With Flash Lite 2.1 for BREW, Adobe offers a rapid development platform for BREW and Flash developers. I’m looking forward to create more mobile applications and games, for both Nokia S60 and BREW, as well as other rich internet and desktop applications. Who would have thought that a rich user experience application can be deployed on multiple platforms so seamlessly?

Here are some helpful resources:

* BREW (Binary Runtime Environment for Wireless) is a common mobile platform from Qualcomm that is used in many North America CDMA phones.

Events Flash Lite Mobile & Devices News

Want to chat about mobile development?

Here’s a chance to meet face-to-face with other Flash Lite developers, and talk about making things for mobile devices.

At this year’s Flash in the Can festival, I’ll be one of the panelists for It’s A Mobile World: Build It and They Will Call (I didn’t make up that title). Bill Perry (from Adobe) and Scott Janousek will also be there, and I believe others will be joining us in this panel discussion.

This year’s speaker list is the longest I’ve seen, with people coming in from all over the world, to the city where I live. There is even a student scholarship program to attend the festival for free.

Check it out.

April 13 Update: Bill Perry won’t be able to make it to FITC; instead, James Talbot (also from Adobe) will be there. And Gabe Sawhney will be joining the panel as well.

Devices Flash Flash Lite Mobile & Devices News

Forum Nokia PRO: Flash Zone

For Flash Lite developers: New zone at Forum Nokia PRO is formed. Check out the benefits. Notice the word ‘pro’ is all caps; I guess that means for real professionals only – with a membership fee of 4000 Euros (just a little over US$5000), per year.

Don’t worry though, because “Forum Nokia PRO program and its services are targeted for the most visionary mobile developers, not all (membership) applications can be approved.”


According to Adobe, there are now over one million Flash developers around the world. How many are Flash Lite developers? How many companies would pay 4000 Euros a year to join this zone when there are various other sources of information, and Adobe labs.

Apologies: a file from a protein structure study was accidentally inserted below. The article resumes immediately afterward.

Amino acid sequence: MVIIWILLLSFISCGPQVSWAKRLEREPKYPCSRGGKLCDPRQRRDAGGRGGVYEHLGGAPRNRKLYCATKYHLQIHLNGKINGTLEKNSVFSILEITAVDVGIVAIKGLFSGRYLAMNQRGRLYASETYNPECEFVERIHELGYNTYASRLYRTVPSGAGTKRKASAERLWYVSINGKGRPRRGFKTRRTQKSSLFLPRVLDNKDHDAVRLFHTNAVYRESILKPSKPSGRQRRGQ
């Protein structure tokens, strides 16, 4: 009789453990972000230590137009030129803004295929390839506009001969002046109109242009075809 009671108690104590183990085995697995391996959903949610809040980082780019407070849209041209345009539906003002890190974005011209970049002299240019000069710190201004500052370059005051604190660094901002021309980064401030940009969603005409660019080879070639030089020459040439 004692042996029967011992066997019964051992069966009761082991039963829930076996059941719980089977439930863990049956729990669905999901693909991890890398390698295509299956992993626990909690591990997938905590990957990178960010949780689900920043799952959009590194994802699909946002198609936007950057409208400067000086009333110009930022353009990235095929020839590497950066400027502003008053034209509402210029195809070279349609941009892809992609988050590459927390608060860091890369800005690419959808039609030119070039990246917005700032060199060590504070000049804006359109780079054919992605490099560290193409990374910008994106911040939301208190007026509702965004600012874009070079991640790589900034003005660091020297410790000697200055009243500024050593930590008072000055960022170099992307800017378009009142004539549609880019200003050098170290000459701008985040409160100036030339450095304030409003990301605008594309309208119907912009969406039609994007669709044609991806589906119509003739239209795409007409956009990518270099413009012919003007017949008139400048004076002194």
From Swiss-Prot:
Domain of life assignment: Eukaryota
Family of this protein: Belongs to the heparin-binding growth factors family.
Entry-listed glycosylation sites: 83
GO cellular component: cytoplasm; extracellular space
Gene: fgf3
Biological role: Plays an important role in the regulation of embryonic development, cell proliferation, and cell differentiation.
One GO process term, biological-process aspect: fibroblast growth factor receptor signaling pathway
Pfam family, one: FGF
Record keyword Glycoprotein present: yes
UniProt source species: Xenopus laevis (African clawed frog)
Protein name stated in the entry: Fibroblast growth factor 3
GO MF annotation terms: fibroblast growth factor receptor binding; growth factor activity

The Flash developer community is rather unique, compared to other developer communities I’ve been in. I believe this is because it is a mix of creative and technical people, achieving innovation on web design, application design, and now mobile design. The openness and sharing of open source material helps this community grow.

Personally, I’d love to be part of this forum, except I can’t see how to justify the entry fee.

Flash News

Adobe Acrobat 7.0.7 fixes bug with Flash 8 content

Version 7.0.7 of Acrobat just came out today. Other than supporting the new Adobe Acrobat 3D, it also fixes the embedded Flash bug I mentioned in a previous post. If you work with PDF and Flash, this is a must get update. For Acrobat Reader or Acrobat Standard/Professional (Mac or Windows).

Thanks to John Nack for the follow-up, and link to Lori DeFurio’s blog entry about this update.


Flash Media Server 2 Public Beta

Flash Media Server 2 Public Beta is now available for download, but only for USA, Japan and Europe, and not Canada? Hmmm…


Nintendo Revolution controller

Wow, this new Nintendo controller for their next generation game console Revolution is really revolutionary, and may change the way video games are played. This bold move may bring Nintendo back to the front of the line among the next generation consoles.

Make sure to check out the mini review from IGN.

Also of interest is the keynote speech by Nintendo president at the Tokyo Game Show today.

I wonder which TV manufacturer will start using this concept for digital TV interaction. Imagine using this for Flash UI control…